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Home > Blogs > Insights > Denise's Blog > What Are Your Questions for an Alzheimer’s Researcher?

What Are Your Questions for an Alzheimer’s Researcher?

If you could ask an Alzheimer’s researcher anything, what would you ask?

Well, now you get the chance!

We’ve been offered the opportunity to send seven questions to an Alzheimer’s researcher, who will then send back his answers for us to share on Caregiving.com. The researcher is Dr. Michael Rafii, MD, PhD, co-director of the Memory Disorders Clinic at UCSD Perlman Ambulatory Care Center in La Jolla, Calif., and Assistant Professor of Neurosciences at the University of California, San Diego.

Dr. Rafii is also the Associate Medical Core Director of the Alzheimer’s Disease Cooperative Study (ADCS) specializing in cognitive disorders, including dementias such as AD. The Alzheimer’s Disease Cooperative Study is part of the Alzheimer’s Disease Neuroimaging Initiative Grand Opportunity (ADNI GO), which researches early clues to the progress of Alzheimer’s disease.

(We wrote about ADNI a few weeks ago; it’s a collaboration between researchers from pharmaceutical companies and academia. You can read more here.)

I would love to ask this question: It’s terrific we have funding that will help families and patients in the future with either a treatment or a cure. How can we use research dollars to help those family caregivers struggling to care for a person with Alzheimer’s disease today?

So… What would like to know about the research being done to find treatments and a cure for Alzheimer’s disease? What would you like to know about Alzheimer’s disease? Please post your questions in the comment section below. I’ll choose the seven most-frequently asked and then send them off to be answered. And, I’ll post the answers as soon as we receive.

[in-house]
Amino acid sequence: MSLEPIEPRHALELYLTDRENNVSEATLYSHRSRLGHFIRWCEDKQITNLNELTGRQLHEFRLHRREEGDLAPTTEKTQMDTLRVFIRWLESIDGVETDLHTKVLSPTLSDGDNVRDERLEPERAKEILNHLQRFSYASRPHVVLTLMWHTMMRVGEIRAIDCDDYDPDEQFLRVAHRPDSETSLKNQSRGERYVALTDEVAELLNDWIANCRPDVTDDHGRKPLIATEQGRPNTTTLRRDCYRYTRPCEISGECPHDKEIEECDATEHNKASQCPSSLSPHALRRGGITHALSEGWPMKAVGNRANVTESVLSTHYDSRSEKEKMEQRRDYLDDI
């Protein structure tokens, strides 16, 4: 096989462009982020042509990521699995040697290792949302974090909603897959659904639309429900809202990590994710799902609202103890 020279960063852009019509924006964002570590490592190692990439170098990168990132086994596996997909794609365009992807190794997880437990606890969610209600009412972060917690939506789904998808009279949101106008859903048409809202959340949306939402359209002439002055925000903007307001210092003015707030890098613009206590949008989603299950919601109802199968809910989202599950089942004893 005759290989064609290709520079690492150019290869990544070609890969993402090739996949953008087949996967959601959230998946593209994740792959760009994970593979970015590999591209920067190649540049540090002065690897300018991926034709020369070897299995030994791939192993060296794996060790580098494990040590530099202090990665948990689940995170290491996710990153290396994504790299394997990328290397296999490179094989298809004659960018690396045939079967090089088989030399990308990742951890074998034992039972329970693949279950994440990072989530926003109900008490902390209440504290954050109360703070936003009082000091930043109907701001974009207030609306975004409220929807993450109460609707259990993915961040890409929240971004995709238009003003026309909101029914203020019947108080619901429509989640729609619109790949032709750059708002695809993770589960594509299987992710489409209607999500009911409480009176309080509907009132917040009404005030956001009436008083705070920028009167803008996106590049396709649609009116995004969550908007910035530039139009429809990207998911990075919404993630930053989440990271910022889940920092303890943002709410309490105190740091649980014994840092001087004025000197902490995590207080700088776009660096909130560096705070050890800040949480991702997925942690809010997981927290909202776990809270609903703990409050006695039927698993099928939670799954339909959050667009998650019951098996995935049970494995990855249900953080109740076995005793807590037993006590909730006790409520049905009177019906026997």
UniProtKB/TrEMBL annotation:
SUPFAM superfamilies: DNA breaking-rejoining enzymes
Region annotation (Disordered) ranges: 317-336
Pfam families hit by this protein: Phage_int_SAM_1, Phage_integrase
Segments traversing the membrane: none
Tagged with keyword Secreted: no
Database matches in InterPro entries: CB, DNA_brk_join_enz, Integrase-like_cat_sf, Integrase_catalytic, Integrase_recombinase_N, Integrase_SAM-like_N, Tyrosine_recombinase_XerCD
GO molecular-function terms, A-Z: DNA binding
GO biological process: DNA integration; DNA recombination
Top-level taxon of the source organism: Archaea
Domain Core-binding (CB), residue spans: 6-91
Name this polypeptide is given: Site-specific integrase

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About Denise Brown

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I began working with family caregivers in 1990 and launched CareGiving.com in 1996 to help and support them. Through my blog, I share words of comfort and offer coping strategies and tips. I also write opinion pieces about recent research, community programs and media coverage of caregiving issues.

One comment

  1. My husband has Mild Cognitive Impairment (MCI). My questions are:
    1. What can a person with MCI or EOAD do to keep from getting worse? I already know to take the prescribed medications, eat a healthy diet (what’s good for the heart is good for the brain), exercise, exercise the brain, and socialize, but what else can a person do?

    2. If you don’t like fish, are fish oil tablets a good substitute and is there any point in taking those to help the brain?

    3. What studies are being done or planned to study the effects of diet and or exercise on MCI patients? I’d happily volunteer my husband for one of these studies that did not include an experimental drug. I’d even learn how to cook fish! (See question #2.)

    4. Has anything in common been found in MCI patients? I’ve now met a few people with MCI, and each one has completely different symptoms, or behaviors due to the illness.

    5. People with MCI still have a lot to offer to society. What can we do to help them figure out what that is and how to put their skills to work? At 56 years old, my husband wants to go back to work, not be on disability for the rest of his life!

    I’ll stop with those questions, but Denise, let me know if you want more!

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